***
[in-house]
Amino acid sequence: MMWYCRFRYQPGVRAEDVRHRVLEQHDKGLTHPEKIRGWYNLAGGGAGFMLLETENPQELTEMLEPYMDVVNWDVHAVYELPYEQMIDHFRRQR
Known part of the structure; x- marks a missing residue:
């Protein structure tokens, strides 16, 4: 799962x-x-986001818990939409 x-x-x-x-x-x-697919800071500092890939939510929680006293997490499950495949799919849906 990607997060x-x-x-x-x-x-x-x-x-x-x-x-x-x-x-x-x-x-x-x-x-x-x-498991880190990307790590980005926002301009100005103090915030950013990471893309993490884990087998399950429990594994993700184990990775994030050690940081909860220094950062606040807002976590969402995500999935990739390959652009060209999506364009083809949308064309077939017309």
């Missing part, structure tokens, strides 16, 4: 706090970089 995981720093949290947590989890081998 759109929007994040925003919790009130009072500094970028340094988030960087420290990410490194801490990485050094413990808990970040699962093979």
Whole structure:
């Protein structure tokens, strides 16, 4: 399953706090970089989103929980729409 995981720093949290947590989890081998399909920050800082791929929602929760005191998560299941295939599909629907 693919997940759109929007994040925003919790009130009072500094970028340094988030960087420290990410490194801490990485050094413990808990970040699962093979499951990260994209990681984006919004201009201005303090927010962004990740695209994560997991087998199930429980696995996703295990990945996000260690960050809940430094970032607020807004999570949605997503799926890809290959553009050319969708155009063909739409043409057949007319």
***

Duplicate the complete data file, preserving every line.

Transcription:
[in-house]
Amino acid sequence: MMWYCRFRYQPGVRAEDVRHRVLEQHDKGLTHPEKIRGWYNLAGGGAGFMLLETENPQELTEMLEPYMDVVNWDVHAVYELPYEQMIDHFRRQR
Known part of the structure; x- marks a missing residue:
């Protein structure tokens, strides 16, 4: 799962x-x-986001818990939409 x-x-x-x-x-x-697919800071500092890939939510929680006293997490499950495949799919849906 990607997060x-x-x-x-x-x-x-x-x-x-x-x-x-x-x-x-x-x-x-x-x-x-x-498991880190990307790590980005926002301009100005103090915030950013990471893309993490884990087998399950429990594994993700184990990775994030050690940081909860220094950062606040807002976590969402995500999935990739390959652009060209999506364009083809949308064309077939017309």
């Missing part, structure tokens, strides 16, 4: 706090970089 995981720093949290947590989890081998 759109929007994040925003919790009130009072500094970028340094988030960087420290990410490194801490990485050094413990808990970040699962093979």
Whole structure:
């Protein structure tokens, strides 16, 4: 399953706090970089989103929980729409 995981720093949290947590989890081998399909920050800082791929929602929760005191998560299941295939599909629907 693919997940759109929007994040925003919790009130009072500094970028340094988030960087420290990410490194801490990485050094413990808990970040699962093979499951990260994209990681984006919004201009201005303090927010962004990740695209994560997991087998199930429980696995996703295990990945996000260690960050809940430094970032607020807004999570949605997503799926890809290959553009050319969708155009063909739409043409057949007319």